pursuant to Sec.  553(a)(1) of the Administrative Procedure Act (APA). 
Because no notice of proposed rulemaking was required, the provisions 
of the Regulatory Flexibility Act, as amended (5 U.S.C. 601 et seq.), 
do not apply. Accordingly, this final rule is not subject to the 
regulatory analysis requirements or other requirements of 5 U.S.C. 603 
and 604.

Paperwork Reduction Act

    The collections of information contained in these regulations have 
previously been reviewed and approved by the Office of Management and 
Budget (OMB) in accordance with the requirements of the Paperwork 
Reduction Act (44 U.S.C. 3507) under control number 1651-0117, which 
covers many of the free trade agreement requirements that CBP 
administers, and 1651-0076, which covers general recordkeeping 
requirements. The collections of information in these regulations are 
in Sec. Sec.  10.2003, 10.2004, and 10.2007 of title 19 of the Code of 
Federal Regulations (19 CFR 10.2003, 10.2004, and 10.2007). This 
information is required in connection with general recordkeeping 
requirements (Sec.  10.2007), as well as claims for preferential tariff 
treatment under the PANTPA and the Act and will be used by CBP to 
determine eligibility for tariff preference under the PANTPA and the 
Act. The likely respondents are business organizations including 
importers, exporters and manufacturers.
    The estimated average annual burden associated with the collection 
of information in this final rule is 500 hours. Comments concerning the 
accuracy of this burden estimate and suggestions for reducing this 
burden should be directed to the Office of Management and Budget, 
Attention: Desk Officer for the Department of the Treasury, Office of 
Information and Regulatory Affairs, Washington, DC 20503. A copy should 
also be sent to the Trade and Commercial Regulations Branch, 
Regulations and Rulings, Office of International Trade, U.S. Customs 
and Border Protection, 90 K Street NE., 10th Floor, Washington, DC 
20229-1177. Under the Paperwork Reduction Act, an agency may not 
conduct or sponsor and a person is not required to respond to a 
collection of information, unless it displays a valid OMB control 
number.

Signing Authority

    This document is being issued in accordance with Sec.  0.1(a)(1) of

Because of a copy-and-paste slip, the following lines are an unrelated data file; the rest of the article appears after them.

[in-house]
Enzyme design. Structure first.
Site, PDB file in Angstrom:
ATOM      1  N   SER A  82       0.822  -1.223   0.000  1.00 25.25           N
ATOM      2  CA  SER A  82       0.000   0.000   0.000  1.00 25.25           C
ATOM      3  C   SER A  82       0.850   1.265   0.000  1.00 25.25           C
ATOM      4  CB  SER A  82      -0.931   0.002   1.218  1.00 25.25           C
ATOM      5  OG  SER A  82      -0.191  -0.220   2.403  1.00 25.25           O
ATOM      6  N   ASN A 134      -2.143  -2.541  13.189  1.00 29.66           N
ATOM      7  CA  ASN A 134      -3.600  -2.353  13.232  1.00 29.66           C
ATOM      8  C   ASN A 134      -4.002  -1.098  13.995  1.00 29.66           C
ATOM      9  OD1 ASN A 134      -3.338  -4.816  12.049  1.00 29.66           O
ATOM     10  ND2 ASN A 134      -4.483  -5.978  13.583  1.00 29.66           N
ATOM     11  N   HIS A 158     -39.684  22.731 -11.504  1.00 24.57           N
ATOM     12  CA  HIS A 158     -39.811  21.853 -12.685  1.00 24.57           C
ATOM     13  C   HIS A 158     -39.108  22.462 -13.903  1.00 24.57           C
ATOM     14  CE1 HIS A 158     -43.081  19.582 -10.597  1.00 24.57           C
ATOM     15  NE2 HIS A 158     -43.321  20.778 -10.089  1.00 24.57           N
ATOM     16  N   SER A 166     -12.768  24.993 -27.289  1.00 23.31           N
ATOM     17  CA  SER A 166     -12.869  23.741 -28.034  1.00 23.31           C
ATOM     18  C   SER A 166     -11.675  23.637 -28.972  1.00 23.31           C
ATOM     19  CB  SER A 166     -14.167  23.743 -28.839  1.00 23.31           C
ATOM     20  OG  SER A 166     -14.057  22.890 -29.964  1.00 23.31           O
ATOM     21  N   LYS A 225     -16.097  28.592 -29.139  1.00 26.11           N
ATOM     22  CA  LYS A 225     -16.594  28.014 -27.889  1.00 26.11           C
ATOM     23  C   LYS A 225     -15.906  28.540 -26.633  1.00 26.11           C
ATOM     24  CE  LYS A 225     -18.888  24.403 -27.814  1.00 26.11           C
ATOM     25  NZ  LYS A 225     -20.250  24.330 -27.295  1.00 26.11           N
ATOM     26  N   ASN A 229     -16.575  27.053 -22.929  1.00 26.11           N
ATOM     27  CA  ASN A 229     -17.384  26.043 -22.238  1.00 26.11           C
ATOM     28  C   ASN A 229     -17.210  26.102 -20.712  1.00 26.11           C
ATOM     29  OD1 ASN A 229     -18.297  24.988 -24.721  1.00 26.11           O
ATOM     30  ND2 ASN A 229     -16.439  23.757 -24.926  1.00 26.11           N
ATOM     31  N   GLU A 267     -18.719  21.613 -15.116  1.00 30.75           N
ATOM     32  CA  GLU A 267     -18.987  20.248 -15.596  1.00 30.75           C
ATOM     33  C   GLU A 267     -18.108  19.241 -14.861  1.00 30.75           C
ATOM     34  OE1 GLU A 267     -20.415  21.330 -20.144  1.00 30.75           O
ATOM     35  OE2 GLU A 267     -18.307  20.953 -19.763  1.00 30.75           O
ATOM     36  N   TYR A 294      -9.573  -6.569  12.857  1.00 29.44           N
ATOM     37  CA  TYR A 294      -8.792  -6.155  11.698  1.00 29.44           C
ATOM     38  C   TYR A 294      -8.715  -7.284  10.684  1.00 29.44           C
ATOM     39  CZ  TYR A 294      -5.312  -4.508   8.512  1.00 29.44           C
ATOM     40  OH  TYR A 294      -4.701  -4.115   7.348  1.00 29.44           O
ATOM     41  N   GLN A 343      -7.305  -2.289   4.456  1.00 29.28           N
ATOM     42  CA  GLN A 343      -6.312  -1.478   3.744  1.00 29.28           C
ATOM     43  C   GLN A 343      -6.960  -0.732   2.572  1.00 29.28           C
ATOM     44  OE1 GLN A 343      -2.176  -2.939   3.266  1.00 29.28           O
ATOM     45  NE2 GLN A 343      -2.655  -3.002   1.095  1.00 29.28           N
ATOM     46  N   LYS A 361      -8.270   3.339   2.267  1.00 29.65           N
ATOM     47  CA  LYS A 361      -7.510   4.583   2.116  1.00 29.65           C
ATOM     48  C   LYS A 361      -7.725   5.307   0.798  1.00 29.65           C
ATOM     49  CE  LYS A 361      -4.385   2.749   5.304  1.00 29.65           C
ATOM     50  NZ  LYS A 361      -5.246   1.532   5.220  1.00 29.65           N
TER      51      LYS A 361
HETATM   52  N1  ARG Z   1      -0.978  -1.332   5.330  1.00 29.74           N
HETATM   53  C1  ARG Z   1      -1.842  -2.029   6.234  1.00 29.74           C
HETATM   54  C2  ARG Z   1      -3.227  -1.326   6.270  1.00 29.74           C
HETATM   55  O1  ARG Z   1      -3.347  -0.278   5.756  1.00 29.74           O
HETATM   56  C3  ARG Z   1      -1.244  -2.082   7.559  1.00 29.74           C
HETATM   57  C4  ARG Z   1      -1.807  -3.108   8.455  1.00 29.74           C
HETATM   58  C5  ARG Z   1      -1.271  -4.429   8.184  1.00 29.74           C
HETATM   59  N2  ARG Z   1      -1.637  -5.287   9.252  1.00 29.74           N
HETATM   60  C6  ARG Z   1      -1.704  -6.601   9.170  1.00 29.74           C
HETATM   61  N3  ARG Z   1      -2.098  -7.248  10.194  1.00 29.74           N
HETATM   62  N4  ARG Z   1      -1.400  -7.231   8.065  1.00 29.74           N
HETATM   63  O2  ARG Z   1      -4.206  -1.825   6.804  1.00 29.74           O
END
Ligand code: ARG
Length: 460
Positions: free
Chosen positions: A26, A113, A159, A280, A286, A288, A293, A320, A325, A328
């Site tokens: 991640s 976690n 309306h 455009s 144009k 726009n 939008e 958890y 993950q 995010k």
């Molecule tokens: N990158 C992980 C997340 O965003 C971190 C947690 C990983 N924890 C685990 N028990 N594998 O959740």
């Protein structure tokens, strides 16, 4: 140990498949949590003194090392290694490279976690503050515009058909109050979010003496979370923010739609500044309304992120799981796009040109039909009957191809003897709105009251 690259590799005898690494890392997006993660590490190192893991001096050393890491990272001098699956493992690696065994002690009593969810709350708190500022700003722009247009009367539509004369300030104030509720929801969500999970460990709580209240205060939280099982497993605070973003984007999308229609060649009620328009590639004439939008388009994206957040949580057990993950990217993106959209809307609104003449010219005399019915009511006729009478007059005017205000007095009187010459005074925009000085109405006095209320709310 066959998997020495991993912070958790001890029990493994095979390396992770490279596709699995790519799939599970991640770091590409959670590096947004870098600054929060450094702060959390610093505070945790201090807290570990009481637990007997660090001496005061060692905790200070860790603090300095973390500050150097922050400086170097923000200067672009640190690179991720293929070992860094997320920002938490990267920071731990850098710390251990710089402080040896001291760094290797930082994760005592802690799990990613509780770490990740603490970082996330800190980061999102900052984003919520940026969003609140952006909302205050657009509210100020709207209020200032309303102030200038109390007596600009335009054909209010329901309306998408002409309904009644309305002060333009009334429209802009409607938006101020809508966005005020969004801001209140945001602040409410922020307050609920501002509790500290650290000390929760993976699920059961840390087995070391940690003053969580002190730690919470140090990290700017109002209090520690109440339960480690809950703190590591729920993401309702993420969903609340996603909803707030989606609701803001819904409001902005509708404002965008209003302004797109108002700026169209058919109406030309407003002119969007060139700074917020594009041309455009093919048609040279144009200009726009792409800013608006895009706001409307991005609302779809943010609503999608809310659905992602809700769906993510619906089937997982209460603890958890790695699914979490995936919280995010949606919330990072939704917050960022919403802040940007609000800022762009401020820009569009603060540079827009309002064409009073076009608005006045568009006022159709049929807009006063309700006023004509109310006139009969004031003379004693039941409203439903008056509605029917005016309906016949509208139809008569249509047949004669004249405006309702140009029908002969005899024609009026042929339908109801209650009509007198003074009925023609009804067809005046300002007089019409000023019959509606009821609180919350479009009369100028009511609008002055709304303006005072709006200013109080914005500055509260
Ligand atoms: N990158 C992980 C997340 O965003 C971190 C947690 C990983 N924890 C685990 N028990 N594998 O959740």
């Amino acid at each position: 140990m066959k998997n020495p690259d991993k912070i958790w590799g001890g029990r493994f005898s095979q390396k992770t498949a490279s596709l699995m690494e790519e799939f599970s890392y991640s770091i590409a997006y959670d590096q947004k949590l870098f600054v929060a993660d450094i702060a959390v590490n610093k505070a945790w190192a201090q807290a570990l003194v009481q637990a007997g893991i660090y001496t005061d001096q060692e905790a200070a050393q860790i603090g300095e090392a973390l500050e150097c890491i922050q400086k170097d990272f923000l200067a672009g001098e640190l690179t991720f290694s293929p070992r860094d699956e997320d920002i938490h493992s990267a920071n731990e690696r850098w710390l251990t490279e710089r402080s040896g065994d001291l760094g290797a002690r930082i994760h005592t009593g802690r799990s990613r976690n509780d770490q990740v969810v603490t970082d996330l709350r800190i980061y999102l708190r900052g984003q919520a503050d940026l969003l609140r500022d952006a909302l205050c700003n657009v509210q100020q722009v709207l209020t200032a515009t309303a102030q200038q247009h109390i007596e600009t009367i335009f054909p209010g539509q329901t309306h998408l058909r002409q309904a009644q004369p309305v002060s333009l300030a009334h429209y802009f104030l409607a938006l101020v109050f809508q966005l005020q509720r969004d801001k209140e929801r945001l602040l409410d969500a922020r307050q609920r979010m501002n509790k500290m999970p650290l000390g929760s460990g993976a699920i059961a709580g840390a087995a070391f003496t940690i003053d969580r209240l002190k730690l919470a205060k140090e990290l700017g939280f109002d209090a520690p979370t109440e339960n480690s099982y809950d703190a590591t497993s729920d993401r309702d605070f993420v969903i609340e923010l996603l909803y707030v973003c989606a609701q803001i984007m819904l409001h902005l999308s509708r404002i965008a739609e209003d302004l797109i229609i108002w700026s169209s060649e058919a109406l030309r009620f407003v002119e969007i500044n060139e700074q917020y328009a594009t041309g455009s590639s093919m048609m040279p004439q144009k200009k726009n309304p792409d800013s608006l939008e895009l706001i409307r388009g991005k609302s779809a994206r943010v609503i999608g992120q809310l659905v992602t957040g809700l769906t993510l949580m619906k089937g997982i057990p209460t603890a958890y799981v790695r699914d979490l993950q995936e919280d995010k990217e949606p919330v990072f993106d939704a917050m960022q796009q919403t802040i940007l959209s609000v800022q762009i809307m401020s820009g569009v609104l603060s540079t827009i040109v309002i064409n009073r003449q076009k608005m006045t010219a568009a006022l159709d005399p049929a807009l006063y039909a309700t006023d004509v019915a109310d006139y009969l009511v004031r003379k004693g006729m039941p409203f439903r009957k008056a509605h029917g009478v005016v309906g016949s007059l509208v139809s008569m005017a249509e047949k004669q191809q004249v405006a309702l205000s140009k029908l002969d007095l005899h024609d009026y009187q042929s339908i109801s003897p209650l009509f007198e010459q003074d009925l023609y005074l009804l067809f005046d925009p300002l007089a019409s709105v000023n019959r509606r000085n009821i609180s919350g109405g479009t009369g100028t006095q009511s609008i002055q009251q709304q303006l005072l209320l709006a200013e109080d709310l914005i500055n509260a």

the CBP regulations (19 CFR 0.1(a)(1)) pertaining to the authority of 
the Secretary of the Treasury (or his/her delegate) to approve 
regulations related to certain CBP revenue functions.

List of Subjects

19 CFR Part 10

    Alterations, Bonds, Customs duties and inspection, Exports, 
Imports, Preference programs, Repairs, Reporting and recordkeeping 
requirements, Trade agreements.

19 CFR Part 24

    Accounting, Customs duties and inspection, Financial and accounting 
procedures, Reporting and recordkeeping requirements, Trade agreements, 
User fees.

19 CFR Part 162

    Administrative practice and procedure, Customs duties and 
inspection, Penalties, Trade agreements.

19 CFR Part 163

    Administrative practice and procedure, Customs duties and 
inspection, Exports, Imports, Reporting and recordkeeping requirements, 
Trade agreements.

19 CFR Part 178

    Administrative practice and procedure, Exports, Imports, Reporting 
and recordkeeping requirements.

Amendments to the CBP Regulations

    Accordingly, the interim rule amending parts 10, 24, 162, 163, and 
178 of the CBP regulations (19 CFR parts 10, 24, 162, 163, and 178), 
which was published at 78 FR 63052 on October 23, 2013, is adopted as a 
final rule.

R. Gil Kerlikowske,
Commissioner.
    Approved: May 14, 2014.
Timothy E. Skud,
Deputy Assistant Secretary of the Treasury.

[FR Doc. 2014-11576 Filed 5-20-14; 8:45 am]
BILLING CODE 9111-14-P